Tips to improve the audio of your podcast
1. Get close to the microphone
If you do not have a well conditioned and acoustically prepared room for this purpose, being far away from the microphone does not help the final sound of the recording. One solution is to speak closer to the microphone, it helps to reduce the noise and reverberation that can be picked up by the microphone.
It is recommended to be about 7cm or a hand span away from the mic. But the best thing to do is to do your tests and choose the distance that works best for you.
Keep in mind that if you get closer to the microphone you will have to lower the gain of the card or the mixer.
2. Don't get too close
But be aware of the problems that can arise if you get too close to the microphone.
Getting too close to the microphone is likely to pick up breaths, mouth noises and pops of letters such as P and T, and make the speech seem unnatural.
3. Rotate the microphone
To avoid all the disadvantages that I have mentioned in the previous point. We can do a number of things to avoid it.
First, it would be to speak transversely to the microphone. This reduces the sibilance and popping that is generated by speaking directly into the microphone.
Secondly, you would place the microphone at a 45º angle upwards, downwards, or to one side with respect to the speaker's lips, depending on the pickup pattern of the microphone.
Putting up a windscreen or buying a mic with an internal pop filter would also be a good idea.
Another option is to use some kind of cloth or foam to cover the microphone.
The cheapest way is to do a test by covering the microphone with a cloth, turn down the gain and get close to the microphone. The idea is to reduce plosive sounds and reverberations.
5. Do not touch the microphone
Do not touch the microphone once it is on the tripod or stand.
Touching it will generate vibrations and the microphone will pick them up. You don't want to hear tapping in the recording.
6. Avoid any noise around the microphone
What is around the mic is as important as what you do in front of it. Try to avoid noisy chairs, doors between open, people talking around it, the sound of any electronic devices that may creep in the background, move it away from the fan, don't use noisy mechanical keyboards, etc.
7. Choose the best place to record
Even if you use the same microphone, the sound picked up can vary quite a bit from room to room.
Avoid recording in such places:
- With a lot of glass (windows, mirrors, pictures, glass tables,...) where the sound bounces and can cause a lot of reverberations.
- Very empty rooms. With hardly any furniture. Where there is a lot of echo.
- With windows facing the street or noisy places.
Try to record in:
- crowded places (lots of furniture, books, curtains). Where sound cannot easily bounce off.
- Places with carpeting, large rugs or thick curtains. They prevent sound from bouncing back.
- in a closet. Yes, you read that right. You can have your mini podcasting studio inside a closet. You can put some foam inside and then lock yourself in and record with your microphone. Basically any small place where you can control the ambient sound and reverb really well.
- Under the sheets and cushions. In the summer you can get hot, but recording wrapped in fabric and foam muffles the sound a lot and makes you sound much better.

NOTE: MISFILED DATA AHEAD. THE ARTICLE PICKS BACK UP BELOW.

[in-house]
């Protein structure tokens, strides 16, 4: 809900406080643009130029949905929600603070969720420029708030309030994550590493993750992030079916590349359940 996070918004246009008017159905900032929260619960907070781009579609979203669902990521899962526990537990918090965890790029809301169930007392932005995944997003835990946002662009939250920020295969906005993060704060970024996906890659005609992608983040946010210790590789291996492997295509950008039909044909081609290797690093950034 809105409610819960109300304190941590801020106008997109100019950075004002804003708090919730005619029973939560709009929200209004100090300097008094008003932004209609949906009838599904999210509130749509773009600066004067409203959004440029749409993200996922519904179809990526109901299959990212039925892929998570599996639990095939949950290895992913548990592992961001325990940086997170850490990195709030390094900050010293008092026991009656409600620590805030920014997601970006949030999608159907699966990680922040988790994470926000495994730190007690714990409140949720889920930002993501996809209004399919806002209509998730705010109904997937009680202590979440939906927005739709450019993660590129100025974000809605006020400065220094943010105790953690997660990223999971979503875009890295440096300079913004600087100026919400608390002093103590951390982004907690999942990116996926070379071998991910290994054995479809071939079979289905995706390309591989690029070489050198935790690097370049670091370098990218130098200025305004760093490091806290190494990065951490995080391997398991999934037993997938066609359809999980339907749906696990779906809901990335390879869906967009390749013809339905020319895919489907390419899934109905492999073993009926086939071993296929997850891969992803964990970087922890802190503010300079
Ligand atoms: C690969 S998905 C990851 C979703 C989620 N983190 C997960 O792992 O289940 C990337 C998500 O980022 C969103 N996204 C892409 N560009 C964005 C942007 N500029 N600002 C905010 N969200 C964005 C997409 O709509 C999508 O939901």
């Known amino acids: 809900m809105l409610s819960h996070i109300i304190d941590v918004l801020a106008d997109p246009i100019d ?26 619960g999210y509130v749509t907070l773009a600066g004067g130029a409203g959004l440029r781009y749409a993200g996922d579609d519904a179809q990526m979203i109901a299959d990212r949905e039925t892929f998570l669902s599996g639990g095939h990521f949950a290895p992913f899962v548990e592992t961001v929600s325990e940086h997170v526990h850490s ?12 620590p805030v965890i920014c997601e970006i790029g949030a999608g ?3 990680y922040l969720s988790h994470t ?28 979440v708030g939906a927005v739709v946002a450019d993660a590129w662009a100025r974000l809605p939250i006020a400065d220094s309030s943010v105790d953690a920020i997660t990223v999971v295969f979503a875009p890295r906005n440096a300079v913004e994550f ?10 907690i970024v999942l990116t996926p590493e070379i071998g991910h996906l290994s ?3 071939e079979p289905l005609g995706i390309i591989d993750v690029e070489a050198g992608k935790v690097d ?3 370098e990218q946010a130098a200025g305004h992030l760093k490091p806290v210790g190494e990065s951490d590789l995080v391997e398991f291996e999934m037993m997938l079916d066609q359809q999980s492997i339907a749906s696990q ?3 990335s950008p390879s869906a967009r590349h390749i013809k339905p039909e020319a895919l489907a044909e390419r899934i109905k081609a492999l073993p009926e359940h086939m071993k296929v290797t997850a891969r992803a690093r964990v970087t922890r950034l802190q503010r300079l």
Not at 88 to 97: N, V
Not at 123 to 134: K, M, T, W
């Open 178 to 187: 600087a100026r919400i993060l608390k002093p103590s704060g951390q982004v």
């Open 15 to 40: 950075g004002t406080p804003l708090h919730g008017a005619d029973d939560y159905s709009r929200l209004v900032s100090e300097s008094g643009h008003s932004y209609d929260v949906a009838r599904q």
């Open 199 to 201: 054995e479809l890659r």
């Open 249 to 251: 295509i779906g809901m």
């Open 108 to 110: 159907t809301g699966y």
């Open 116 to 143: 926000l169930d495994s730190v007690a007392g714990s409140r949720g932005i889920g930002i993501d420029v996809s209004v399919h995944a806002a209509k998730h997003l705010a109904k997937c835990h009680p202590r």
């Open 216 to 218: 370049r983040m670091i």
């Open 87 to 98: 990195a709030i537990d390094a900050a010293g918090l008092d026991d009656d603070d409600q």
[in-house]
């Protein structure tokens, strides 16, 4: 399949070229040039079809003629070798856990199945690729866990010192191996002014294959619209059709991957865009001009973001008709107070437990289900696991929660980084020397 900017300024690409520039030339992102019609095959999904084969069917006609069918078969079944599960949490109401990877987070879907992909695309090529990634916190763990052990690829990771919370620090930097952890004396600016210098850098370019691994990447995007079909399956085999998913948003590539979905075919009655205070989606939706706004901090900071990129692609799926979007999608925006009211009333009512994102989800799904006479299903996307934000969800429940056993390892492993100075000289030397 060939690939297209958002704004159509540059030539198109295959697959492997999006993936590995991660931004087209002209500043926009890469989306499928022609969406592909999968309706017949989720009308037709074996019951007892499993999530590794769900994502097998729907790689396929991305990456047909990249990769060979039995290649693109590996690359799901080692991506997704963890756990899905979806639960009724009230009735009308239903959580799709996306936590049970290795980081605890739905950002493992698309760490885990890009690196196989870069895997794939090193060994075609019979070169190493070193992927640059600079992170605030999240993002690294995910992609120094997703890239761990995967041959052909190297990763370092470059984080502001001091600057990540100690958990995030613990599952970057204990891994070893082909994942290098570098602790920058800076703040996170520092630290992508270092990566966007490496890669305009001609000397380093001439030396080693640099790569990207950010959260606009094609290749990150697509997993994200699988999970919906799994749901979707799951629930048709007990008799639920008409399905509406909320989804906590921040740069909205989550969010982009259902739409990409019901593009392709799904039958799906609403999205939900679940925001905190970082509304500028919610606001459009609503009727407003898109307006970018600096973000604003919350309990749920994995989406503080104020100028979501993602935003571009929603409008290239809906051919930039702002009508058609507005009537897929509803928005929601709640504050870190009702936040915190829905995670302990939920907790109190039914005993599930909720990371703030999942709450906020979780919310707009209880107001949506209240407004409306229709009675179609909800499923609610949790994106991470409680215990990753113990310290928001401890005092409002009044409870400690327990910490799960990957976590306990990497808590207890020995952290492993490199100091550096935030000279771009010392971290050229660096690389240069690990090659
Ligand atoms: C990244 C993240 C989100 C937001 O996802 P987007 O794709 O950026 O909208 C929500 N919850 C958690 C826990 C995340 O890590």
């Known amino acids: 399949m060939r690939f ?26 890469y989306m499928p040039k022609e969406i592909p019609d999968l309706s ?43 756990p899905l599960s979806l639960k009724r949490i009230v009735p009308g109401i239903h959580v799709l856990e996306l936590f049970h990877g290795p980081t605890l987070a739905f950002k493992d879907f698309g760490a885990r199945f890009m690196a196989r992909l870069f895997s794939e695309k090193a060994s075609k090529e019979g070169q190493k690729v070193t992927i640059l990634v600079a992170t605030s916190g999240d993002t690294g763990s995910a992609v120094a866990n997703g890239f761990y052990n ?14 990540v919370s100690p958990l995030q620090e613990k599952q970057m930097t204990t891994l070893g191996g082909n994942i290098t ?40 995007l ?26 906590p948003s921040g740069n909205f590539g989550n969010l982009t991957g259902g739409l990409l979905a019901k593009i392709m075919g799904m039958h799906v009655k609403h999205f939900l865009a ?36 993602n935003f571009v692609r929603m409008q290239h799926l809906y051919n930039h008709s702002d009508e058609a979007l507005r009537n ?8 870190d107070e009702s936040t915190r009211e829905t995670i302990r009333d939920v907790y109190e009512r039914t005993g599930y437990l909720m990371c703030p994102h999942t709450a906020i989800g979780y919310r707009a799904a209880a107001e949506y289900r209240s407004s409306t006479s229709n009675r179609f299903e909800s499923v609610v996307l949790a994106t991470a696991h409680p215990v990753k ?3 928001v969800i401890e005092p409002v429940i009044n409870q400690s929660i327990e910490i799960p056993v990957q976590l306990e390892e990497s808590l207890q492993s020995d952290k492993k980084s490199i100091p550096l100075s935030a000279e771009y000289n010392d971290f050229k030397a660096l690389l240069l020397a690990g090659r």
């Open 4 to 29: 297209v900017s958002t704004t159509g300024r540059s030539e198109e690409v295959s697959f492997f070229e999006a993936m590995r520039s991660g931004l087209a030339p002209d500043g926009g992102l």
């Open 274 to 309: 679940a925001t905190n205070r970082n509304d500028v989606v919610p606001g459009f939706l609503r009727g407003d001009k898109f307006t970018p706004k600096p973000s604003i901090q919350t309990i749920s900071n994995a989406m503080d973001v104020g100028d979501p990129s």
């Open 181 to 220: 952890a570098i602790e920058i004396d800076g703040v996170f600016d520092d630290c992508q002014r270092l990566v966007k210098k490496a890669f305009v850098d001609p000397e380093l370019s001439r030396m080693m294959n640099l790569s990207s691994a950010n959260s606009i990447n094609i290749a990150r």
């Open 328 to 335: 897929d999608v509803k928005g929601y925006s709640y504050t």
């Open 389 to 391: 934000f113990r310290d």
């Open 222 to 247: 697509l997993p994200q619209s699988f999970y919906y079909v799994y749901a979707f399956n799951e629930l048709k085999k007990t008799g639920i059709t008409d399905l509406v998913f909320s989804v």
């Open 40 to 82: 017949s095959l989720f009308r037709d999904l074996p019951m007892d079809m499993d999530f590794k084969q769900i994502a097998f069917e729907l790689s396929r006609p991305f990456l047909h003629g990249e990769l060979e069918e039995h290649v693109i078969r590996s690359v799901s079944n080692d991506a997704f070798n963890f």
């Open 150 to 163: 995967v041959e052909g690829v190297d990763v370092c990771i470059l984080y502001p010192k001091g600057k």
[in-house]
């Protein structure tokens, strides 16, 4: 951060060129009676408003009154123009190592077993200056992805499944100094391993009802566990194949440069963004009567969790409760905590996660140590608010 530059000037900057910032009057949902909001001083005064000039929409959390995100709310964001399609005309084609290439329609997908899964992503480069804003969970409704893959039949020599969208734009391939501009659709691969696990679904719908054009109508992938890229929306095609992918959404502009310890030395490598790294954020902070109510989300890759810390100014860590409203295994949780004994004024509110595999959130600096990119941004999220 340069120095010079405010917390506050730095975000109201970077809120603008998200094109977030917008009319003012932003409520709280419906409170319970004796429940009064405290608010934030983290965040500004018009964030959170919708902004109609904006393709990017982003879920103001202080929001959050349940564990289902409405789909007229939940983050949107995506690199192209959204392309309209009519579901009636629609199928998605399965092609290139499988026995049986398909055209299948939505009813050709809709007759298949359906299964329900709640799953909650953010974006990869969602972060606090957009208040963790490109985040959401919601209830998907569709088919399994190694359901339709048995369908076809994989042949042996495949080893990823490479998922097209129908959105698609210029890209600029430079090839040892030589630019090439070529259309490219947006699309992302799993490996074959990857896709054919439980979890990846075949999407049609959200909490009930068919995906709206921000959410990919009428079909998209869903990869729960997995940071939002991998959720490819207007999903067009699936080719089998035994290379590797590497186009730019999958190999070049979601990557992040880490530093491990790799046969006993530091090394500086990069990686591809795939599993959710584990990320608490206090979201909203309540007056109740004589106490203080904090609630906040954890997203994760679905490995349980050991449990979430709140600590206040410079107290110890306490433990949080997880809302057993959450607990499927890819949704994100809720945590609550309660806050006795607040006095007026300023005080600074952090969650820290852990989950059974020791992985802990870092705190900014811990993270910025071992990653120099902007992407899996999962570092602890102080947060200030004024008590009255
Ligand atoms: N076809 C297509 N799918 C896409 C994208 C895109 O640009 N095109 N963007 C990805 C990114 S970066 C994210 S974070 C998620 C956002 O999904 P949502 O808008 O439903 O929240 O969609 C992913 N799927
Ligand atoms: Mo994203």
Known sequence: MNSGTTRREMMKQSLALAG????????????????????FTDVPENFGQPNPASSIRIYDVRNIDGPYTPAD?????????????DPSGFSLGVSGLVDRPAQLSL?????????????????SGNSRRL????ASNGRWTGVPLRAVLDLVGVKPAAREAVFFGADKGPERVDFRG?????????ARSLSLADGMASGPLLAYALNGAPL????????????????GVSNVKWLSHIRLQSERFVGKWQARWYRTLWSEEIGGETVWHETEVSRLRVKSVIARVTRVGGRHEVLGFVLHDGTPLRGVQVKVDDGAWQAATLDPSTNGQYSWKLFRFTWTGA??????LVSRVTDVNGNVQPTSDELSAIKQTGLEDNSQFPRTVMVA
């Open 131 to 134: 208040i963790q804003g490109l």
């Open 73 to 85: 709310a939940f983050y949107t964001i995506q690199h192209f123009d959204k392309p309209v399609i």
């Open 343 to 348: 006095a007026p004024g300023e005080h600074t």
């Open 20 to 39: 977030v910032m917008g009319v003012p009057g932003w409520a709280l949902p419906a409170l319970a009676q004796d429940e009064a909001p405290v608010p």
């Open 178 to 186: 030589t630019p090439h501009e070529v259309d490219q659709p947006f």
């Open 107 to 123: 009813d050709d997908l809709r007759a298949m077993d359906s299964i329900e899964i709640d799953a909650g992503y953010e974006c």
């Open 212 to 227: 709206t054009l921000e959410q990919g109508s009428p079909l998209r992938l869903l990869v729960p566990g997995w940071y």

8. Reduce vibrations
Do not place the mic parallel or perpendicular to the table surface. This will cause the microphone to pick up the waves bouncing off the surface it is resting on.
It is best to place the mic at a certain angle to the table or reflective surface to reduce these indirect sounds.
Another option is to buy a spider to place the microphone inside and reduce vibrations.
Or buy an arm so that the microphone is not directly supported on the table, which prevents the vibrations of the table reach the microphone.
9. Edit the audio
This is not really a tip, since surely as a podcaster you are already editing the audios.
Ideally, the audio should always be as clean and of the best quality as possible, since we save a lot of editing. But in most cases this is not always the case.
I only comment this so that you know that if you have a lot of white noise in the background, then you can edit the audio automatically to try to reduce that effect. There are paid and free programs, such as Audacity, that allow you to "clean up" your voice and make it sound better.
10. The correct volume
It's pretty obvious, but your voice has to be heard well. Neither loud nor soft.
It is quite annoying for the user that every time he listens to your podcast he has to turn the volume up or down.
With audio editing programs you can lower or increase the audio.
This also applies to interview podcasts, where the different speakers are heard at different volumes. Very annoying when one seems to be shouting and the other is not heard.
11. Avoid echoes by opening windows and doors.
This can be a problem if you have a lot of noise outside.
But if your main problem is reverberation or "echo", then a possible solution is to open doors and windows nearby.
This way you prevent the sound from bouncing off the windows or doors, and being "absorbed" by the hallway or outside.
The same is for closets and furniture. It is better to open doors and drawers so that the sound of reverberations is absorbed and the "echo" is reduced.
As a final tip, I will tell you to try making recordings with everything I have told you in this article, record yourself and see how you do better depending on the microphone you have and depending on the room where you are making the recording.
Each microphone, place, voice and podcast are a diferent worlds. The best thing to do is to try and find what works best for you.